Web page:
At the end of 1994, Cho beat out thousands of college cartoonists by winning the Scripps-Howard National Journalism Award for best comic strip. The award just about ensures future syndication, but several groups felt the strip was “too aggressive.” Then came the reps from Creators Syndicate, who threw themselves at the artist: The then-23-year-old Cho inked a megacontract and was backed by an impressive sales campaign.
But with the good comes the bad: Creators quickly and painfully began pulling things apart. Now titled Liberty Meadows, the strip featured many of the University2 characters, albeit in disappointingly toned-down versions: Frank became human, Leslie a bullfrog, Ralph a circus bear, Tony a maintenance man, Dean a recovering alcoholic, and Brandy…a B cup. The locale was also switched from a major college campus to the safer setting of an animal sanctuary.
“The syndication does a very nice job of neutering me,” Cho says. “When I was doing the strip for Maryland, they would run it as-is 99 percent of the time….When I drew the first couple of weeks of Liberty Meadows, Creators sent back most of the ones with Brandy in them, with little Post-it notes…pointing at her breasts and butt, saying ‘reduce breast, reduce buttocks.’ They didn’t say ‘butt’ or ‘ass,’ they said ‘buttocks’! I tried to tell them, ‘Have you seen Blondie?’ I mean, Blondie is stacked!’”
It was a losing battle. And the change that truly diminished Cho’s dynamic humor was a ridiculous, debilitating blow: “The syndication balked at the idea that Brandy would have a sexual relationship with a duck,” Cho huffs, the first real trace of anger creeping into his voice. “Syndications are afraid to take chances.”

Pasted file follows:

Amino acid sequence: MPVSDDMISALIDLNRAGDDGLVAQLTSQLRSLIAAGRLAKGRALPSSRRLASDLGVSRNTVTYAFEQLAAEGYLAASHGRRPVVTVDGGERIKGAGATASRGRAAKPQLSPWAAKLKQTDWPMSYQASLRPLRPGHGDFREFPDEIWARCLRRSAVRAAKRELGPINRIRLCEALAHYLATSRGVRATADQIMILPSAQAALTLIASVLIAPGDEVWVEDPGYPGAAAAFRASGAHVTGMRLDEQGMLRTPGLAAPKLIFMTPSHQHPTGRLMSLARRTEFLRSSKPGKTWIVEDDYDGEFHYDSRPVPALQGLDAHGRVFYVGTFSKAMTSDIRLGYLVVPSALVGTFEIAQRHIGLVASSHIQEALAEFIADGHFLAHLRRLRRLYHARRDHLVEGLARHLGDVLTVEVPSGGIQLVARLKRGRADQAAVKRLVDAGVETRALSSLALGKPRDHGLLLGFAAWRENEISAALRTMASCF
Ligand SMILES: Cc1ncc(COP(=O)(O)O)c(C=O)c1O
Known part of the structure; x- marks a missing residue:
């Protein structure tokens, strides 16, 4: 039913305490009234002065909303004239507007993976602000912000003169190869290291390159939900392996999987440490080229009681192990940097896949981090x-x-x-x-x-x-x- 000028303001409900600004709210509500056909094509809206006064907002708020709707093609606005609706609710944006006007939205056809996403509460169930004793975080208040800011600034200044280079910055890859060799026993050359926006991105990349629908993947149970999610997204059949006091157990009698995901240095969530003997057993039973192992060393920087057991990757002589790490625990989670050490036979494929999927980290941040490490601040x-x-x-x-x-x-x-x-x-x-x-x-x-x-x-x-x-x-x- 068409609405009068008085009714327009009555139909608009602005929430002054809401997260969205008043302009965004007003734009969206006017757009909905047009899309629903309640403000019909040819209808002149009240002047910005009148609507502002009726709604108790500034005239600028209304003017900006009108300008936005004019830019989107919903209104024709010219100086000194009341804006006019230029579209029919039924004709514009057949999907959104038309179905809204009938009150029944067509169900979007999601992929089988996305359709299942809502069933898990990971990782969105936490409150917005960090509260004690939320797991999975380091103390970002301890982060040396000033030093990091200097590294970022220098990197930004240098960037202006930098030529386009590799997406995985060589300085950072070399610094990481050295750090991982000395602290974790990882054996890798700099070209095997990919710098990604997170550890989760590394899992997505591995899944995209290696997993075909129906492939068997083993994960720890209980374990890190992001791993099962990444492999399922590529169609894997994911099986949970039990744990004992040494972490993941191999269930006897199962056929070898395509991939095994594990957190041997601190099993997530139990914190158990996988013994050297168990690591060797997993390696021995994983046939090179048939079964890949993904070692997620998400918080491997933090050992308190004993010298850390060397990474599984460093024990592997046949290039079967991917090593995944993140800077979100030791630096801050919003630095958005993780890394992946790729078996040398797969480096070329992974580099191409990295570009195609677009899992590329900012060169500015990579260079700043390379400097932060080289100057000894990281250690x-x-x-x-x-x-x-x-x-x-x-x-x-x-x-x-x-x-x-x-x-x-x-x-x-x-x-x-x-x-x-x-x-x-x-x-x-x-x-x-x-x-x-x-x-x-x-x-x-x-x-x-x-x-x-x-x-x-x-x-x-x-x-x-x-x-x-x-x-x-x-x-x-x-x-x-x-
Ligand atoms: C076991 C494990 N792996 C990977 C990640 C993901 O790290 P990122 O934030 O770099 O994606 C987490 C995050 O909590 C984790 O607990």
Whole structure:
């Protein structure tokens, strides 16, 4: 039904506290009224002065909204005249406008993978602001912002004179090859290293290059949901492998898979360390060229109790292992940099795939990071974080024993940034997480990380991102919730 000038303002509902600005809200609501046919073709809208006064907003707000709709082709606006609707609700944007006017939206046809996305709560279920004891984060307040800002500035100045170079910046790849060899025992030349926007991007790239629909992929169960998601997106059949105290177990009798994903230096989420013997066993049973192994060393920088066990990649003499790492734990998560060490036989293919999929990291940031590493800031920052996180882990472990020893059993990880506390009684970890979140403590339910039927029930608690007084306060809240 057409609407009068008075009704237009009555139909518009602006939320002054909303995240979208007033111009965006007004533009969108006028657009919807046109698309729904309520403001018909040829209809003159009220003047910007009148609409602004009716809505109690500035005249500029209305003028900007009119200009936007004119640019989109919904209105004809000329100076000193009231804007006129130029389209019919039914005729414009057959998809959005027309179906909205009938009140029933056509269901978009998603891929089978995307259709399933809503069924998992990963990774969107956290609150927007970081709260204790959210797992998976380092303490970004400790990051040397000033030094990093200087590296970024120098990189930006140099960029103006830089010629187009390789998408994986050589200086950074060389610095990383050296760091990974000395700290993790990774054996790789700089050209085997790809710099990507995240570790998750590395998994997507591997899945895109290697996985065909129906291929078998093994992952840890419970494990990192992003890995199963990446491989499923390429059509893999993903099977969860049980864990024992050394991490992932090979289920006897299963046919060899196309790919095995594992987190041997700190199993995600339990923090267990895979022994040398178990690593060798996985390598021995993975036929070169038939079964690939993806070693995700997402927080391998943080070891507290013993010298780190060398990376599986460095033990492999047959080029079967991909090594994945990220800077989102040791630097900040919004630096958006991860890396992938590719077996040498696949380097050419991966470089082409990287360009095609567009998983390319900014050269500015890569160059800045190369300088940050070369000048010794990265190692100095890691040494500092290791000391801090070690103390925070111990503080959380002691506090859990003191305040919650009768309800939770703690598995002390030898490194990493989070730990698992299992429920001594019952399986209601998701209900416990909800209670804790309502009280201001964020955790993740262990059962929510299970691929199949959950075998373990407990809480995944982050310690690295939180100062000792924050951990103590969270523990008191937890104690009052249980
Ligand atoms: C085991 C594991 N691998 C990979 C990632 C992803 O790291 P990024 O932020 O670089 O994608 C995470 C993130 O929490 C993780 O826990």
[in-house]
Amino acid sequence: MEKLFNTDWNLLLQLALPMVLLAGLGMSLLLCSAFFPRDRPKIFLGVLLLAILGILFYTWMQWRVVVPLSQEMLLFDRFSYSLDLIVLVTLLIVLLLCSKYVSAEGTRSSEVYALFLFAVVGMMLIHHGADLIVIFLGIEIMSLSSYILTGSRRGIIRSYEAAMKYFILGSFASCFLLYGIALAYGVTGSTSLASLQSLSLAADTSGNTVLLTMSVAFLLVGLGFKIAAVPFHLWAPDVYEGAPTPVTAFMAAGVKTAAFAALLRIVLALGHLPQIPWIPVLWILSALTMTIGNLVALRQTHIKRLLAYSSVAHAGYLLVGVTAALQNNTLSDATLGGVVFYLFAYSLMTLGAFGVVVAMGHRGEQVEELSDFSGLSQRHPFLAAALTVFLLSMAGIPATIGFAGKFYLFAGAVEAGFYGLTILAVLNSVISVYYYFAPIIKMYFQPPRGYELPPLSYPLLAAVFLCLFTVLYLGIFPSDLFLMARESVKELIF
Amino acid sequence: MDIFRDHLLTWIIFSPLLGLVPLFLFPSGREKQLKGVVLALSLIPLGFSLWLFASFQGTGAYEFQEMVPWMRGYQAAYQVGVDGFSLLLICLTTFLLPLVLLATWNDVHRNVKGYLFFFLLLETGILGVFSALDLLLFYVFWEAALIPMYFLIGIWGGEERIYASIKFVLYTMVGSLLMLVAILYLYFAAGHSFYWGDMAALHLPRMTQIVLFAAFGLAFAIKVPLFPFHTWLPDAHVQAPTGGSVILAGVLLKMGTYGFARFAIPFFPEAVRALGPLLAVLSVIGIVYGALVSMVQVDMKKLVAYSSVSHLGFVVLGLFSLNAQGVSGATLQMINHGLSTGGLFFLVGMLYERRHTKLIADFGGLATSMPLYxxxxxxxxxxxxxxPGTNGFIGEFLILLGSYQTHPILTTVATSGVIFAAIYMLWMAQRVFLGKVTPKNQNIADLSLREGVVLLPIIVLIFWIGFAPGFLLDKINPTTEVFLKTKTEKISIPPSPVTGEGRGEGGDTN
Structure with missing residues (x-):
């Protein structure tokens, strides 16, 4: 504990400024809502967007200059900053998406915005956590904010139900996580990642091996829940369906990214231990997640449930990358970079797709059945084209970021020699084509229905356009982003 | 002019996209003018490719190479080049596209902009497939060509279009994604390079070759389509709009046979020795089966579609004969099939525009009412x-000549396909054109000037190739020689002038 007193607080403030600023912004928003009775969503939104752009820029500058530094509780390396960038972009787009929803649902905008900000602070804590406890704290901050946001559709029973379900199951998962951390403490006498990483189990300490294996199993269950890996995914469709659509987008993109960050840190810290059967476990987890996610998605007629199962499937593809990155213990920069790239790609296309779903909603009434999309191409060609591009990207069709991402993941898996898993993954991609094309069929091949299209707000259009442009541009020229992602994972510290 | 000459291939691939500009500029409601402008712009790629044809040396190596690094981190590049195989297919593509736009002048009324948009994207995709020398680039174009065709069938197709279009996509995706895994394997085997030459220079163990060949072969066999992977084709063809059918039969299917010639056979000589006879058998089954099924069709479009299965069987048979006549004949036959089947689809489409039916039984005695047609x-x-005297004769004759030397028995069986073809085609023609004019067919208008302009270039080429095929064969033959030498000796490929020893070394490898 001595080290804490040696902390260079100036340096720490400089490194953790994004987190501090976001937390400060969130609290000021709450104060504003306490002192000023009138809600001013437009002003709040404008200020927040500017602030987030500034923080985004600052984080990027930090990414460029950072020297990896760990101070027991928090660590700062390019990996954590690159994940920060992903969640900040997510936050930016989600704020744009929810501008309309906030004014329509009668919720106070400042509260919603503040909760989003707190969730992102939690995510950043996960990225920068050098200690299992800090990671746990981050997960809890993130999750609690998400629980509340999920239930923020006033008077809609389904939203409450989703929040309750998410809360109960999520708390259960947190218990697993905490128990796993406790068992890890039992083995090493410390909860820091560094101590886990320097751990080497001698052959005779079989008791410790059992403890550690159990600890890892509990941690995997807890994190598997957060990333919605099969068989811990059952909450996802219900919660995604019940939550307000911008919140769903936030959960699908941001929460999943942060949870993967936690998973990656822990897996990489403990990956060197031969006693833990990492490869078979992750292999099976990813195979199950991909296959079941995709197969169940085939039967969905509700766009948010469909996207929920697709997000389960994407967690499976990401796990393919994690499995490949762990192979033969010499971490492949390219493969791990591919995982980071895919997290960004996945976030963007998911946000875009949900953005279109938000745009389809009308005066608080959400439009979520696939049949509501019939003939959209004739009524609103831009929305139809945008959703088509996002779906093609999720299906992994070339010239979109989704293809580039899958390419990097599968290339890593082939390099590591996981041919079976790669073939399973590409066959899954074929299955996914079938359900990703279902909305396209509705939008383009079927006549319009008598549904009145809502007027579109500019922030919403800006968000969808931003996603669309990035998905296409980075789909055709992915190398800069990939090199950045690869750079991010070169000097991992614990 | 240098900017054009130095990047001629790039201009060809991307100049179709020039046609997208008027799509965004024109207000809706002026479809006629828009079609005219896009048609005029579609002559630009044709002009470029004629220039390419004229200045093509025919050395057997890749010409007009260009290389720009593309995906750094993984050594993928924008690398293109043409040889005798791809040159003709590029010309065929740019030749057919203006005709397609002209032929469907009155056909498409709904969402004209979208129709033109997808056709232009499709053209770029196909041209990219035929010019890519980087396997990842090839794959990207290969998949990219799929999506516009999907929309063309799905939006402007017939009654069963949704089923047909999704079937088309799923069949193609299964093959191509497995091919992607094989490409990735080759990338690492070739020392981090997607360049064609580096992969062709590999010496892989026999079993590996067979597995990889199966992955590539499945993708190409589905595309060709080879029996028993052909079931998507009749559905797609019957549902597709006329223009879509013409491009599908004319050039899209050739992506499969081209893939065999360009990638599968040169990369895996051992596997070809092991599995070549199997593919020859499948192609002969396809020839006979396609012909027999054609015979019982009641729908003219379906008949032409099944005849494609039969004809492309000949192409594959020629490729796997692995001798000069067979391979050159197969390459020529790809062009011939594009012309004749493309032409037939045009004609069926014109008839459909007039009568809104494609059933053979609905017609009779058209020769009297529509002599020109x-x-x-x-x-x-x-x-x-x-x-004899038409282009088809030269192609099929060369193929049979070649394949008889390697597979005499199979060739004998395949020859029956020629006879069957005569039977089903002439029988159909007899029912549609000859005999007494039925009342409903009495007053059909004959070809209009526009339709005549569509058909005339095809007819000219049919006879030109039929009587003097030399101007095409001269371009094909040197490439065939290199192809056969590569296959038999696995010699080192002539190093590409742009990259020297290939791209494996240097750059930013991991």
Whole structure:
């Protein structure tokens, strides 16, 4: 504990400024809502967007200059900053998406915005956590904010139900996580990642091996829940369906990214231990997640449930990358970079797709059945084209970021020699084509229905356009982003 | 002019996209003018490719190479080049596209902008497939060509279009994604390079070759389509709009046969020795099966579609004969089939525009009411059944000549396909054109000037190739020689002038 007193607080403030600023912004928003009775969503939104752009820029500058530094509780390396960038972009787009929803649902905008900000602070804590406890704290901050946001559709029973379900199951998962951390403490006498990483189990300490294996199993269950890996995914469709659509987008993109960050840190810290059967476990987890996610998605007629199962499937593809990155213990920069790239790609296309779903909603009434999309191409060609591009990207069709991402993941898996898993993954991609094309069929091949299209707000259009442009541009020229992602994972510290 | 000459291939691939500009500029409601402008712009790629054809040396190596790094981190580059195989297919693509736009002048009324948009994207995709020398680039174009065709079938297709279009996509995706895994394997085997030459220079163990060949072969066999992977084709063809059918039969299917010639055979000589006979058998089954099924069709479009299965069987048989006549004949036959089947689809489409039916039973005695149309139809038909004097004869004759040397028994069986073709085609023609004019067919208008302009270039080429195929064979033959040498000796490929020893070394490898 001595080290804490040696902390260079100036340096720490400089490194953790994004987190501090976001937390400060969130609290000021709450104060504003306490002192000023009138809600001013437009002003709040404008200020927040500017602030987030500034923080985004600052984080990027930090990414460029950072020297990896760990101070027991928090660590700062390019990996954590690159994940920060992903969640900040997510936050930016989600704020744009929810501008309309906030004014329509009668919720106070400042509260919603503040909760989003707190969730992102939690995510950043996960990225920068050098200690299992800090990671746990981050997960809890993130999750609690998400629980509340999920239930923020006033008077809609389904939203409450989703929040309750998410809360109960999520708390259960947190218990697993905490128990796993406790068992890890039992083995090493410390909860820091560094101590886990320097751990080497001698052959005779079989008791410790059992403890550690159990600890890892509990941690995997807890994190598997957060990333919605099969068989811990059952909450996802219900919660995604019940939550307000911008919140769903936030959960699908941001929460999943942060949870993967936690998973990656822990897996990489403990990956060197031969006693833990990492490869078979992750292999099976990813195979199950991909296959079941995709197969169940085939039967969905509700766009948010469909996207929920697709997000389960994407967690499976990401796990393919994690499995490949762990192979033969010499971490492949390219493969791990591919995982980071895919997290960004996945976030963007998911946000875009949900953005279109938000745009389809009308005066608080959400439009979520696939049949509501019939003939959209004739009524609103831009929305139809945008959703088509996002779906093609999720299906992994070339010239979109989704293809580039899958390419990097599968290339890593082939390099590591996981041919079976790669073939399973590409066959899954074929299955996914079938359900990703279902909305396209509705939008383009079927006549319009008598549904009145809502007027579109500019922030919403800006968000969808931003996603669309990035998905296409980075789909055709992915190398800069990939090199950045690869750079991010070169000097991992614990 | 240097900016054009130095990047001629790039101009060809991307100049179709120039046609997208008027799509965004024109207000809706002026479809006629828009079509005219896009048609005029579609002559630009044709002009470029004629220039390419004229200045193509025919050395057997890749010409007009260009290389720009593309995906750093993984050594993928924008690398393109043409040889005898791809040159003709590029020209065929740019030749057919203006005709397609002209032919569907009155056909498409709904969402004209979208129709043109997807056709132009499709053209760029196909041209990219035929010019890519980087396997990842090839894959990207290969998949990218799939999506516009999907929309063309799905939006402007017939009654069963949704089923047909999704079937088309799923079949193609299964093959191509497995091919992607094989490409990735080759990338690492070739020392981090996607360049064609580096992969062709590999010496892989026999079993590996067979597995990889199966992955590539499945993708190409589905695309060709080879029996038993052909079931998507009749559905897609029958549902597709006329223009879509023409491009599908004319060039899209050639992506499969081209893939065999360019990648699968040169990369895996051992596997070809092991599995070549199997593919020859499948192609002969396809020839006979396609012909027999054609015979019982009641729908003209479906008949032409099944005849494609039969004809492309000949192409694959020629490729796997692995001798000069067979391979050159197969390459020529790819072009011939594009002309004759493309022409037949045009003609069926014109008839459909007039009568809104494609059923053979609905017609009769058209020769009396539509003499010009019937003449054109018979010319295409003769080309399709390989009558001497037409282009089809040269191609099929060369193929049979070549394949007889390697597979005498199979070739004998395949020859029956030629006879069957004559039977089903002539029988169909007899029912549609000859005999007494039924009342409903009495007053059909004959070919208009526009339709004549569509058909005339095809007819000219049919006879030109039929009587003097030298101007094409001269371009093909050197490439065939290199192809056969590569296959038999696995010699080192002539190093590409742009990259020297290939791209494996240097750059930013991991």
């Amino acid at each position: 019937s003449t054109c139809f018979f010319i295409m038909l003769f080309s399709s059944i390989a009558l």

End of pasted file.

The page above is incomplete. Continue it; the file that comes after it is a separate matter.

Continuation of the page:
And yes, Cho, at his most frustrated, has given serious thought to the “alternative” comics scene, but adds, “Hey, I’m a capitalistic whore! I make no qualms about that.”
So much for cornering him on the sellout angle.
You want to get Cho really angry? Make him read a recent Family Circus or Peanuts strip. “Today’s mainstream comic pages are not funny,” Cho says. “When Berke Breathed was doing Bloom County, those were classic. But I don’t really care for Outland. I like early Doonesbury, before he went too freakin’ political. Bill Watterson’s [Calvin and Hobbes] layouts, his control of his brush was just incredible.”
This is as close as Cho gets to gushing over today’s cartoonists. In Cho’s eyes, most of the current comics are “garbage…just not funny.” Charles Schultz, for instance, is “an icon, but should have retired 10 years ago.”
Much of this rant, however, is really just Cho crapping his drawers about his own cartoon mortality. Losing his edge is a constant concern.
“I understand why [Gary] Larson and Watterson retired in their prime,” he says quietly, “because it’s…very, very hard. The drawing isn’t too bad; I love to draw. But the writing….You have to come up with a joke a day, every single week…for the next 15 years. Last night I had an anxiety attack, because I couldn’t come up with any gag ideas for [the upcoming week].
“I don’t want to stay around forever like Schultz or some of those other guys. I’m going to be 39 when the contract runs out. You get burned out. I can’t take a vacation unless I get all these damned scripts done. The more I think about the strip,” Cho says, “the more I get stressed out.” CP
Copies of the University2 compilation can be purchased by sending an SASE and a check for $15 to Frank Cho, Insight Studios, 7844 St. Thomas Dr., Baltimore, MD 21236.